2. After creating the namespace, create a storage class with an AWS-specific provisioner and Disk type.
    storageclass.yaml:
    kind: StorageClass
    metadata:
    name: standard
    provisioner: kubernetes.io/aws-ebs
    parameters:
    type: gp2
    reclaimPolicy: Retain
    allowVolumeExpansion: true
    mountOptions:
    - debug
    volumeBindingMode: Immediate
    kubectl apply -f storageclass.yaml

    kubectl get storageclass
  3.  Install MongoDB and set up a replica set configuration prior to installing Countly's API and Frontend pods, as plugins installation is dependent on MongoDB. Use the commands below:
    cd countly/bin/docker/k8s
    helm install mongo -f mongo/values.yaml stable/mongodb-replicaset
    To verify the installation, check the pods generated for MongoDB, as shown below:
    kubectl get pods
  4. Before deploying the Countly application containers, create a Kubernetes Secret to authenticate to and access the Enterprise Edition Docker Images from our Private Google Container Registry.
    To create the Secret, refer to this Guide.

    Step available only in Countly Enterprise Edition.

  5. Once the MongoDB pods are running, create Countly Deployments and Services for the API and the Frontend.
    Both countly-frontend.yaml and countly-api.yaml need to be edited with a key:value pair to configure pods with relevant values (Refer env config guide), in the env section:
    env: 
    - name: COUNTLY_PLUGINS
    value: "mobile,web,desktop,some,more,plugins" #<Enterprise or Community Plugins>
    - name: COUNTLY_CONFIG__FILESTORAGE
    value: "gridfs"
    - name: COUNTLY_CONFIG__MONGODB
    value: "mongodb://some.mongo.host/countly" #<Mongodb pod connection names>
    - name: COUNTLY_CONFIG_HOSTNAME
    value: countly.example.com #<Domain name required as url>
    - name: COUNTLY_CONFIG__MAIL_TRANSPORT
    value: "nodemailer-smtp-transport"
    - name: COUNTLY_CONFIG__MAIL_CONFIG_HOST
    value: "smtp.example.com"
    - name: COUNTLY_CONFIG__MAIL_CONFIG_PORT
    value: 25
    - name: COUNTLY_CONFIG__MAIL_CONFIG_AUTH_USER
    value: "example-user"
    - name: COUNTLY_CONFIG__MAIL_CONFIG_AUTH_PASS
    value: "example-password"
    cd countly/bin/docker/k8s
    kubectl apply -f countly-frontend.yaml
    kubectl apply -f countly-api.yaml
  6. Once Countly Service and deployments are up and running, you will also need to expose the setup to the outer world so that it can be accessible publicly.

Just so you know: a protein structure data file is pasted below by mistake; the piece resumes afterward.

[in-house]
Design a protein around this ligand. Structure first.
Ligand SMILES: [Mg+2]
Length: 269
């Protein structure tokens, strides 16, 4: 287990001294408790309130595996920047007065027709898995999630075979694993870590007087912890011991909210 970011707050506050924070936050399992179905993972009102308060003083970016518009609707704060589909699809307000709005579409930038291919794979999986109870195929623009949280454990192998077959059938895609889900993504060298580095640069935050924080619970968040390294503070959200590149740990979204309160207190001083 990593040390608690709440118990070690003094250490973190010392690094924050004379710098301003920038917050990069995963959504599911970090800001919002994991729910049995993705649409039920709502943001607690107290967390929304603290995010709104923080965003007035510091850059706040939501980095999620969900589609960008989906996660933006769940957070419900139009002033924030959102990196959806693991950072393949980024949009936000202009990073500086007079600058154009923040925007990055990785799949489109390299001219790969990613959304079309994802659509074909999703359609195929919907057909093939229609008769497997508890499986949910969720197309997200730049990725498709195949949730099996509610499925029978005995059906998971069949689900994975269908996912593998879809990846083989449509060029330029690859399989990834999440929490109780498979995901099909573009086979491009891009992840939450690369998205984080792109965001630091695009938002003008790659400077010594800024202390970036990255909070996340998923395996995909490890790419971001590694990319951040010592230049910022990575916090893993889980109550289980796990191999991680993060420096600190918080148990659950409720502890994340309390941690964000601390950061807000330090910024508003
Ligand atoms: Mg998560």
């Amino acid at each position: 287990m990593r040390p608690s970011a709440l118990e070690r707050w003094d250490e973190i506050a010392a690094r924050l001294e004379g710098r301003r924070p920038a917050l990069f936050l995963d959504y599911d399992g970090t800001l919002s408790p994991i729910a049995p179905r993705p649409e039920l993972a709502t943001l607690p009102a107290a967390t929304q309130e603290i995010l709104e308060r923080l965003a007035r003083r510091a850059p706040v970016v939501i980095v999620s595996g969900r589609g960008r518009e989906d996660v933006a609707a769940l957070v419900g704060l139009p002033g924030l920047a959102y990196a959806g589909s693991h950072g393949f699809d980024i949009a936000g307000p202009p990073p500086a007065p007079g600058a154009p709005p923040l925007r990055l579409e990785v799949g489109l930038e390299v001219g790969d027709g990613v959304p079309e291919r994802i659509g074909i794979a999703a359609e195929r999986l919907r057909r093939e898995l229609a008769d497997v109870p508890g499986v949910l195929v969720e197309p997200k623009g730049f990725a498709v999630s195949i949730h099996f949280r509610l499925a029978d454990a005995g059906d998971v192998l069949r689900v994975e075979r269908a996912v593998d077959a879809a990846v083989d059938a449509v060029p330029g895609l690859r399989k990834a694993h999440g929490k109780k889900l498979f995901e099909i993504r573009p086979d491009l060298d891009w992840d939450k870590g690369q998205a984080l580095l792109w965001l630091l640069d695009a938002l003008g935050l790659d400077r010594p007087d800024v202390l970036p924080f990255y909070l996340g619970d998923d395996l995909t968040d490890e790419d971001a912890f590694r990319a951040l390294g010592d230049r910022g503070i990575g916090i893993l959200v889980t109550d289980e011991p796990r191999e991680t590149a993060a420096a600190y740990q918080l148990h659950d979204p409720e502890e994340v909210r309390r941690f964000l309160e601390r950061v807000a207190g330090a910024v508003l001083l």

This can be done by setting up an ingress resource configured to forward all incoming requests either to the Countly-API or to the Countly-frontend services based on the route defined.
    To do this, enable
    Application Load Balancer Ingress controller:
    • Follow the steps mentioned in the AWS Load Balancer Controller guide to install and configure ingress-controller.
    • Post configuring the Ingress controller, we will tag the Subnets to help ingress-resource to auto-discover the subnets and assign the routes. 
       
  7.  After enabling the Ingress controller, we will create the Kubernetes Secret to enable SSL for the URL mapped with your service. Use the command to help you create a TLS Secret:
    kubectl create secret tls <add name to secret> --key <path-to-key> --cert <path-to-cert>

    kubectl get secret #To view the secret created
  8. After generating the TLS Secret, create the Ingress resource to route the traffic based on the path configured for the Countly application:
    countly-ingress.yaml:
    apiVersion: extensions/v1beta1
    kind: Ingress
    metadata:
    name: countly-ingress
    namespace: countly
    annotations:
    nginx.ingress.kubernetes.io/rewrite-target: /
    kubernetes.io/ingress.class: alb
    alb.ingress.kubernetes.io/scheme: internet-facing
    spec:
    tls:
    - secretName: <Secret name created in 7th step>
    rules:
    - host: <Hostname>
    http:
    paths:
    - path: /i
    backend:
    serviceName: countly-api
    servicePort: 3001
    - path: /i/*
    backend:
    serviceName: countly-api
    servicePort: 3001
    - path: /o
    backend:
    serviceName: countly-api
    servicePort: 3001
    - path: /o/*
    backend:
    serviceName: countly-api
    servicePort: 3001
    - path: /*
    backend:
    serviceName: countly-frontend
    servicePort: 6001
    To view the Ingress created, use the command below:
    kubectl get ingress
  9. After creating the Ingress resource, map the DNS A record with the IP address/Alias Name associated with Ingress.

  10. To enable SSL in AWS setup, you will be required to Request/Import SSL certificates in AWS Certificate Manager (ACM). There, choose the appropriate option based on the availability of certificates.

  11. The final step would be to add Listener on Port 443 in Load Balancer added via Ingress controller, along with associating SSL certs Requested/Imported in ACM to enable SSL for the Domain.